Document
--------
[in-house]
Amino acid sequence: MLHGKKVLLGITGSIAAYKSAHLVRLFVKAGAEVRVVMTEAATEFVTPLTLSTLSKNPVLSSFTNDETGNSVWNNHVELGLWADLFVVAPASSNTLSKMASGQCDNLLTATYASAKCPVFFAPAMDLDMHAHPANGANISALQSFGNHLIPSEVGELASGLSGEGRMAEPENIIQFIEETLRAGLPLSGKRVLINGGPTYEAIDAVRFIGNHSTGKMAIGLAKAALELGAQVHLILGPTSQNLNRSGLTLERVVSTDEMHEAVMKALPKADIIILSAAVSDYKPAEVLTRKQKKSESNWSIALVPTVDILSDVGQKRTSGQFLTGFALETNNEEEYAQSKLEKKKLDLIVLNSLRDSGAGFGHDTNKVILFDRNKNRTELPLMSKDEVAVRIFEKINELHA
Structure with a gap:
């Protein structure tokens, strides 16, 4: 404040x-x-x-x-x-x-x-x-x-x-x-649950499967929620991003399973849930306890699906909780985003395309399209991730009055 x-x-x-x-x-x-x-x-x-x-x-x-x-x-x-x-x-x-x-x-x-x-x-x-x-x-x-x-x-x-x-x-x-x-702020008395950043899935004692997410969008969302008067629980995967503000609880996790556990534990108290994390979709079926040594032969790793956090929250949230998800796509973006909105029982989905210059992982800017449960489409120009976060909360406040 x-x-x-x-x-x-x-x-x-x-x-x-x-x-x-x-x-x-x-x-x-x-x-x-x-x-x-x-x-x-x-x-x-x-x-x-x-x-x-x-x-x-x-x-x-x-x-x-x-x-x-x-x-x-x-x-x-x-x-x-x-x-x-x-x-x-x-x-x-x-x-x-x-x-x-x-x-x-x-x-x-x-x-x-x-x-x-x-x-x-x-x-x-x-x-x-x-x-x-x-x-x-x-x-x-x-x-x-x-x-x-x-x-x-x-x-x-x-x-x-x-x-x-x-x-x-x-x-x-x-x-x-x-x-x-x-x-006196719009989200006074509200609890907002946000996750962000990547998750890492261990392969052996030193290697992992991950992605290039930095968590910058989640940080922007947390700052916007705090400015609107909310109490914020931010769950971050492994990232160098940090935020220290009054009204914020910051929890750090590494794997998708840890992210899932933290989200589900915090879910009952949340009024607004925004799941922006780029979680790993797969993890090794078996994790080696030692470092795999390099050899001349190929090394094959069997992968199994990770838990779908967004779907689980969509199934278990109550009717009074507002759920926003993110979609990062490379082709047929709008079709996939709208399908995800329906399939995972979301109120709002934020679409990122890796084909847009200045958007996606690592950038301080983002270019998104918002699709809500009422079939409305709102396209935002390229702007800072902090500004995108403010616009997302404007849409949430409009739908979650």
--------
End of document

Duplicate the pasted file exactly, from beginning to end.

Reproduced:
[in-house]
Amino acid sequence: MLHGKKVLLGITGSIAAYKSAHLVRLFVKAGAEVRVVMTEAATEFVTPLTLSTLSKNPVLSSFTNDETGNSVWNNHVELGLWADLFVVAPASSNTLSKMASGQCDNLLTATYASAKCPVFFAPAMDLDMHAHPANGANISALQSFGNHLIPSEVGELASGLSGEGRMAEPENIIQFIEETLRAGLPLSGKRVLINGGPTYEAIDAVRFIGNHSTGKMAIGLAKAALELGAQVHLILGPTSQNLNRSGLTLERVVSTDEMHEAVMKALPKADIIILSAAVSDYKPAEVLTRKQKKSESNWSIALVPTVDILSDVGQKRTSGQFLTGFALETNNEEEYAQSKLEKKKLDLIVLNSLRDSGAGFGHDTNKVILFDRNKNRTELPLMSKDEVAVRIFEKINELHA
Structure with a gap:
């Protein structure tokens, strides 16, 4: 404040x-x-x-x-x-x-x-x-x-x-x-649950499967929620991003399973849930306890699906909780985003395309399209991730009055 x-x-x-x-x-x-x-x-x-x-x-x-x-x-x-x-x-x-x-x-x-x-x-x-x-x-x-x-x-x-x-x-x-x-702020008395950043899935004692997410969008969302008067629980995967503000609880996790556990534990108290994390979709079926040594032969790793956090929250949230998800796509973006909105029982989905210059992982800017449960489409120009976060909360406040 x-x-x-x-x-x-x-x-x-x-x-x-x-x-x-x-x-x-x-x-x-x-x-x-x-x-x-x-x-x-x-x-x-x-x-x-x-x-x-x-x-x-x-x-x-x-x-x-x-x-x-x-x-x-x-x-x-x-x-x-x-x-x-x-x-x-x-x-x-x-x-x-x-x-x-x-x-x-x-x-x-x-x-x-x-x-x-x-x-x-x-x-x-x-x-x-x-x-x-x-x-x-x-x-x-x-x-x-x-x-x-x-x-x-x-x-x-x-x-x-x-x-x-x-x-x-x-x-x-x-x-x-x-x-x-x-x-006196719009989200006074509200609890907002946000996750962000990547998750890492261990392969052996030193290697992992991950992605290039930095968590910058989640940080922007947390700052916007705090400015609107909310109490914020931010769950971050492994990232160098940090935020220290009054009204914020910051929890750090590494794997998708840890992210899932933290989200589900915090879910009952949340009024607004925004799941922006780029979680790993797969993890090794078996994790080696030692470092795999390099050899001349190929090394094959069997992968199994990770838990779908967004779907689980969509199934278990109550009717009074507002759920926003993110979609990062490379082709047929709008079709996939709208399908995800329906399939995972979301109120709002934020679409990122890796084909847009200045958007996606690592950038301080983002270019998104918002699709809500009422079939409305709102396209935002390229702007800072902090500004995108403010616009997302404007849409949430409009739908979650």